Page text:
They shout from the web page, "How can I possibly prepare this after work??"  If they looked deeply at their negative perspectives about time required to do Raw Food gourmet prep, part of it, I believe, is reminicing on the "sweet past" of walking into any restaurant to be served one of many choices or browsing the aisle of plenty in our grocery stores for packaged food goods that needed little effort to make into "something" to put on the table.  It ignores the fact that while they were off at work, chefs have been busy chopping, slicing, pickling, baking, and saucing in the kitchens to get that wonderfully flavorful restaurant food plated and in front of them in the short wait between ordering and presentation.

To support my point, reflect upon the ever-popular and now re-popularized "Mastering the Art of French Cooking" by Julia Child.  How many of those recipes can be whipped off in 1/2 hour?  Ok, 1 hour? 2 hours?  Not bloody likely!  Many of the most delicious concoctions take days to prepare. 

My example:  Duck en Croute.  Starting with the pastry (45 minutes + 2 hours refridgeration), move to prep the duck (at least 45 minutes according to Julia and is not double counted in time with the refridgeration time on the pastry), prepare the pork/veal stuffing (2 hours), stuff the duck and brown it for baking (at least 1 hour + 1 hour for duck to cool), pastry the duck (1 hour, to make time for the fancy designs on the "en croute"), and baking time (2 hours +) and cooling time (2-3 hours).  Total time to get this dish from cabinet/refridgerator to table = 12 hours into getting one part of the meal on the table.  To have the stamina to do this would take at least 2 days to do the prep and presentation work. 

This is what gourmet is about, at times.  It's about investing a good portion of time, energy and love of food into a meal that is not usual.  French people do not eat Duck en Croute every day, just like Raw Foodist will not eat dishes that require multi-faceted dehydration techniques.  Just like many cooked recipes, gourmet Raw is not for everyday.  They are special dishes planned for, prepared and presented.  Sometimes the combinations are not correct, which makes them special occassion dishes.   If a Raw Foodist ate gourmet every day, it would be similar to the French if they ate all the sauces, creams, butters, etc.  They'd have indigestion and would not feel so great based on the richness of the food; with too much oil and nut butters, etc. for the Raw Foodist.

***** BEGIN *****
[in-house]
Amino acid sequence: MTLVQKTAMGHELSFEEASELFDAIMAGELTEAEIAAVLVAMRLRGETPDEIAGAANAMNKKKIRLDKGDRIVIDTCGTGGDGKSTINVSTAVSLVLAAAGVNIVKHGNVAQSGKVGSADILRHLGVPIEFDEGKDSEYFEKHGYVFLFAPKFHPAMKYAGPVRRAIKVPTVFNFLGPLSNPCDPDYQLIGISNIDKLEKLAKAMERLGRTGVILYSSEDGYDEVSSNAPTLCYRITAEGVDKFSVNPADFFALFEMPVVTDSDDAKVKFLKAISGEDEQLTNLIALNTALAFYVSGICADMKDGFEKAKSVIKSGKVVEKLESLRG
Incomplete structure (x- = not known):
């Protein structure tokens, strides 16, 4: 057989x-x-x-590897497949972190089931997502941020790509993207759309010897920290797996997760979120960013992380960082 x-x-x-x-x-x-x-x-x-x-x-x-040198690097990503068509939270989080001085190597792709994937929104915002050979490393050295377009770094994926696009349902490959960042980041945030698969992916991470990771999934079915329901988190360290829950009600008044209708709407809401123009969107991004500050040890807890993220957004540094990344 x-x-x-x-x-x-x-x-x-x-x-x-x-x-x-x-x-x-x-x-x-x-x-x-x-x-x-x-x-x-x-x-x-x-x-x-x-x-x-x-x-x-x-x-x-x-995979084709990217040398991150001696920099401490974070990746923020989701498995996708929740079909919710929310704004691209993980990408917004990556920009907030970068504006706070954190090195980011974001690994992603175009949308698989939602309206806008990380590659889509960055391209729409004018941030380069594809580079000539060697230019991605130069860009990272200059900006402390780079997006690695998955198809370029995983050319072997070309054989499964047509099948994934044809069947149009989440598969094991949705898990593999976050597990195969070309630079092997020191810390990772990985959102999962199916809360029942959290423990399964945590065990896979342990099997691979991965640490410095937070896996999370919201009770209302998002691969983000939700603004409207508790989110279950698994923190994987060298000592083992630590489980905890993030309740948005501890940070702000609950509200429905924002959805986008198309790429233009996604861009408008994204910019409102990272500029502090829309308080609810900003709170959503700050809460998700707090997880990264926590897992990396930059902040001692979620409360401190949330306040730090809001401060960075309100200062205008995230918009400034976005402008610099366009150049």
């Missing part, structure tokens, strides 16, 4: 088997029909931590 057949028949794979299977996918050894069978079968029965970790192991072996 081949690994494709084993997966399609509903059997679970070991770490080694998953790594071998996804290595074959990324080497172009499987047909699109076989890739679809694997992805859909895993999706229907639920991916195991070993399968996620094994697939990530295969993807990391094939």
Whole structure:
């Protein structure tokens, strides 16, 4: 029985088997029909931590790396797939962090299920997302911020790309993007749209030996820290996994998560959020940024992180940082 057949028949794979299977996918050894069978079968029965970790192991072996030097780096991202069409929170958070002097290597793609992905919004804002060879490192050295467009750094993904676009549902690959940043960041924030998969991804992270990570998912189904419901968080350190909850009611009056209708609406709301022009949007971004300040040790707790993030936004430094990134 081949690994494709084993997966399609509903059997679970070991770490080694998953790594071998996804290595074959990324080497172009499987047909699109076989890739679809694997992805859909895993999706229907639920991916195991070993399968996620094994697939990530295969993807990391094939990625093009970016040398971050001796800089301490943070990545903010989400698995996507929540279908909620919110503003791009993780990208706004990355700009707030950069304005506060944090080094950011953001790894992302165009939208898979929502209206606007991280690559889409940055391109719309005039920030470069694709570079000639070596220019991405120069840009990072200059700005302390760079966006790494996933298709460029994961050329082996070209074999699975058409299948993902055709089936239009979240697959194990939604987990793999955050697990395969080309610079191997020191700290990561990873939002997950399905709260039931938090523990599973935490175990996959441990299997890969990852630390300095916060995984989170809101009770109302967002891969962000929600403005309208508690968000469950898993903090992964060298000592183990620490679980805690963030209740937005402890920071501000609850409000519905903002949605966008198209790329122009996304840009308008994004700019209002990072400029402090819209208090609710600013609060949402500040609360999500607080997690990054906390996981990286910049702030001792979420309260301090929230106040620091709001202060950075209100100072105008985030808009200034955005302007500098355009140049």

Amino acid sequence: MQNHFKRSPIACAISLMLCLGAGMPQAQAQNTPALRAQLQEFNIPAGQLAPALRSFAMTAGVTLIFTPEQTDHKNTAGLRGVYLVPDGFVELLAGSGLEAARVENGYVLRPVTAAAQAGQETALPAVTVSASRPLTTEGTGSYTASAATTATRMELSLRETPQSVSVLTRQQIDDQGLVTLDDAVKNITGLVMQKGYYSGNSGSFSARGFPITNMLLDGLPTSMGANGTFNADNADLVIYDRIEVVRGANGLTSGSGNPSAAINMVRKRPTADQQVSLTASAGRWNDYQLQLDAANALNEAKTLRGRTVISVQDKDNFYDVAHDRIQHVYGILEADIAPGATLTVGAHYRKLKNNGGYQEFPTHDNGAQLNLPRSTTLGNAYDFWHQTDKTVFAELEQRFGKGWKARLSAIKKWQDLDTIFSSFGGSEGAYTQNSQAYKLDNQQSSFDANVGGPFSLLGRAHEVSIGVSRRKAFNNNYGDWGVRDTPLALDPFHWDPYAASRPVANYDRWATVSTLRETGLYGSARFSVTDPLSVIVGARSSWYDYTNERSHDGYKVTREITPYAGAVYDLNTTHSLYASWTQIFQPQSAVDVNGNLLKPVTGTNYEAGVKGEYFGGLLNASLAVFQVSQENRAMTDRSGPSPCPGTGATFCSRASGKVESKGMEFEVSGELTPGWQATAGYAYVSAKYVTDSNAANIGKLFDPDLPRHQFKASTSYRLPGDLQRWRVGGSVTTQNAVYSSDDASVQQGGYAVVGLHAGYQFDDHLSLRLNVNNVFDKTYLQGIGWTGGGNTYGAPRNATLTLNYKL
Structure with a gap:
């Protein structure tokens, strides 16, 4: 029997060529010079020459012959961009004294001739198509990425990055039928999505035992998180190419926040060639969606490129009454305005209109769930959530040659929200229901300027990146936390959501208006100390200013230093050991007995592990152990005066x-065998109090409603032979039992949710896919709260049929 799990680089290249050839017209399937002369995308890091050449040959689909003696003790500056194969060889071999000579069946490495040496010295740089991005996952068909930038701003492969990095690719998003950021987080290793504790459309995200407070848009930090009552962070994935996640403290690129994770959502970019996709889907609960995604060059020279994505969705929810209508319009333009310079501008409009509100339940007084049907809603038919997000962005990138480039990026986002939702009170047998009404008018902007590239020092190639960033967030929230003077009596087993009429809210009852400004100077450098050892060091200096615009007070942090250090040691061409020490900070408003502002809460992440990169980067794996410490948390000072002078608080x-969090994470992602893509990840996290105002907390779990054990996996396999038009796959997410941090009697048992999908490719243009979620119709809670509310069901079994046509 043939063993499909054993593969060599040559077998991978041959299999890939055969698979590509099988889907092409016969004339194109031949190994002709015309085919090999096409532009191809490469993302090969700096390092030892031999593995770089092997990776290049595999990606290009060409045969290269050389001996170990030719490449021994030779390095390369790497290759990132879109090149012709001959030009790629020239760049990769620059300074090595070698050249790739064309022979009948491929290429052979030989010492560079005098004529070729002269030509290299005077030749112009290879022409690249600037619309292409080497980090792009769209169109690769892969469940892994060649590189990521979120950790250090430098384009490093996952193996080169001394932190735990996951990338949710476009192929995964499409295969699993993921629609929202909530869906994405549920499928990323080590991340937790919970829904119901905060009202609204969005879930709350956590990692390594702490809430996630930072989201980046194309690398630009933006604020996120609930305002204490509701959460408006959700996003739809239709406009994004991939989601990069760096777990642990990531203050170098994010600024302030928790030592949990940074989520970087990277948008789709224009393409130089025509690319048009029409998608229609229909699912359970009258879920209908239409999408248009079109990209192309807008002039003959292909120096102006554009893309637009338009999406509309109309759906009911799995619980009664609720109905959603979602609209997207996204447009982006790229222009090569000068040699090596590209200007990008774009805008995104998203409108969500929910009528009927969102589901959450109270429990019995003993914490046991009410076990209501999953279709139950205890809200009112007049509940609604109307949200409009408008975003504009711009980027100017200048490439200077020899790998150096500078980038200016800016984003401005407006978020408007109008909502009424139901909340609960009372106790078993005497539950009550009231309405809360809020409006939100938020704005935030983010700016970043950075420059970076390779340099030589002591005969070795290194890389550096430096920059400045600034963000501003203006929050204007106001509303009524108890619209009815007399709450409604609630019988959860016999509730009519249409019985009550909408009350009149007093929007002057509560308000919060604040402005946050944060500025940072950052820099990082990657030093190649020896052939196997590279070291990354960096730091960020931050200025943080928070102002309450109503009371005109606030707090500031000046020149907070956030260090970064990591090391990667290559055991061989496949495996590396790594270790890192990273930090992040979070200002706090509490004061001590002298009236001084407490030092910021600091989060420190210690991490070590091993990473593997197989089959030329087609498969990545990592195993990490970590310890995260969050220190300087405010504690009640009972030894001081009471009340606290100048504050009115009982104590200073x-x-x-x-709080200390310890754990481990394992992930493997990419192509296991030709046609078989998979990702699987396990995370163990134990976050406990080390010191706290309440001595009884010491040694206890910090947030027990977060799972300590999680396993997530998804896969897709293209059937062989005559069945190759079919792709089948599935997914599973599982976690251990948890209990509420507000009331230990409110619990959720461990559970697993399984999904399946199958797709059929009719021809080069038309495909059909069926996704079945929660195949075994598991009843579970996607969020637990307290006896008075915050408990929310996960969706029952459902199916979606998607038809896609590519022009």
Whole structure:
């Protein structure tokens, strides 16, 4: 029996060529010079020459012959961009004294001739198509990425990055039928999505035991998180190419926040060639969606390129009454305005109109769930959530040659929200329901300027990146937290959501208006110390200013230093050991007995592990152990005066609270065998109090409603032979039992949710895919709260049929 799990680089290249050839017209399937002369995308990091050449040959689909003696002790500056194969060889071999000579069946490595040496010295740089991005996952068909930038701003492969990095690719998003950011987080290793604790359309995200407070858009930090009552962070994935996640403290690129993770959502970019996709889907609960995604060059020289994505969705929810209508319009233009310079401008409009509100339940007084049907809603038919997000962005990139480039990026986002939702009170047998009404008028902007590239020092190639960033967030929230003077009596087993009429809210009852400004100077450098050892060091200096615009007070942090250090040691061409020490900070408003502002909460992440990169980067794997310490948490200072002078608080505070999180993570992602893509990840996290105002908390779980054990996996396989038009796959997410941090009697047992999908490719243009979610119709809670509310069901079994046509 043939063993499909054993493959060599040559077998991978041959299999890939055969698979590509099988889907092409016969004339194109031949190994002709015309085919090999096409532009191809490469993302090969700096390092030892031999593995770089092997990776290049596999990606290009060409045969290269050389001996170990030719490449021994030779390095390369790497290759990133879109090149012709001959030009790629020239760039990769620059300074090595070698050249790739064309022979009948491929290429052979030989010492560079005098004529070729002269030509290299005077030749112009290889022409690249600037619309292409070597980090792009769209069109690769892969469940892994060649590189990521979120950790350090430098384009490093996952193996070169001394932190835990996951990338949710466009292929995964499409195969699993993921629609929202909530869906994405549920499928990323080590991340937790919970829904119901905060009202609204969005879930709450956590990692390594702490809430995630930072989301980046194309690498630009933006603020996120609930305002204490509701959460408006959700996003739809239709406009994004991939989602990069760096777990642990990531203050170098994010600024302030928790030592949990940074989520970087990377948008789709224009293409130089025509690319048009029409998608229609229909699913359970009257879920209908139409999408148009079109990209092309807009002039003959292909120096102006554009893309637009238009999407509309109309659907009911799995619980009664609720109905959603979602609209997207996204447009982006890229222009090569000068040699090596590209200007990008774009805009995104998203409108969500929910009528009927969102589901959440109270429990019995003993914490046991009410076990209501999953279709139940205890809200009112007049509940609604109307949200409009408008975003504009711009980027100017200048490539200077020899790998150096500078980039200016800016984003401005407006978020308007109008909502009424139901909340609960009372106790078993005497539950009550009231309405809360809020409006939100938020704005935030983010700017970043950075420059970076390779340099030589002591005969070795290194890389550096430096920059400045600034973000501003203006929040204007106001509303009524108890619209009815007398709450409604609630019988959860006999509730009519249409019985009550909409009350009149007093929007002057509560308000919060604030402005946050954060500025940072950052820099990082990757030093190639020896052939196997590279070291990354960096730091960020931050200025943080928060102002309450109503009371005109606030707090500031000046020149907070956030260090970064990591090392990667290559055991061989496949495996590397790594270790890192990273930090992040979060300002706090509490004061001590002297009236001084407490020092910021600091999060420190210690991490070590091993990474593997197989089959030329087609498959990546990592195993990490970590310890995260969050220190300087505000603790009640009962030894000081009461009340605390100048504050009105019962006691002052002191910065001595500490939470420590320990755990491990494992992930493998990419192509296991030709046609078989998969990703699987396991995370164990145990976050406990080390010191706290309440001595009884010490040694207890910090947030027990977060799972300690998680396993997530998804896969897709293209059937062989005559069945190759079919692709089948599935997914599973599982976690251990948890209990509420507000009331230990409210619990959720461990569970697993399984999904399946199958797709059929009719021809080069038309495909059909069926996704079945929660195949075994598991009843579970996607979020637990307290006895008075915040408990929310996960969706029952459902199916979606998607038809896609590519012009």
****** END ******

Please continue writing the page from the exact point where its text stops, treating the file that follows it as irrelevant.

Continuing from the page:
Everyday Raw is more like everyday French, quick 30 minute preps to create good simple food.  For Raw Foodists, it's sliced vegetables, tossed greens in a quick dressing, juiced fruits and veggies, or food combinations mixed and ready to dish out for several meals like marinated greens or sprouted bean mixtures.  Quick and simple, and no time at all!

So time is all in what you expect from it.  If you love food and love spending time in the kitchen, adopting Raw Food Gourmet is just like being a good "cook" chef.  It takes preparation, thought, and an enjoyment of food to go beyond the daily basics. 

And, from what my research is showing me, I'm grateful that there are talented Raw chefs out there giving me the recipes to produce truly gourmet options with Raw Foods.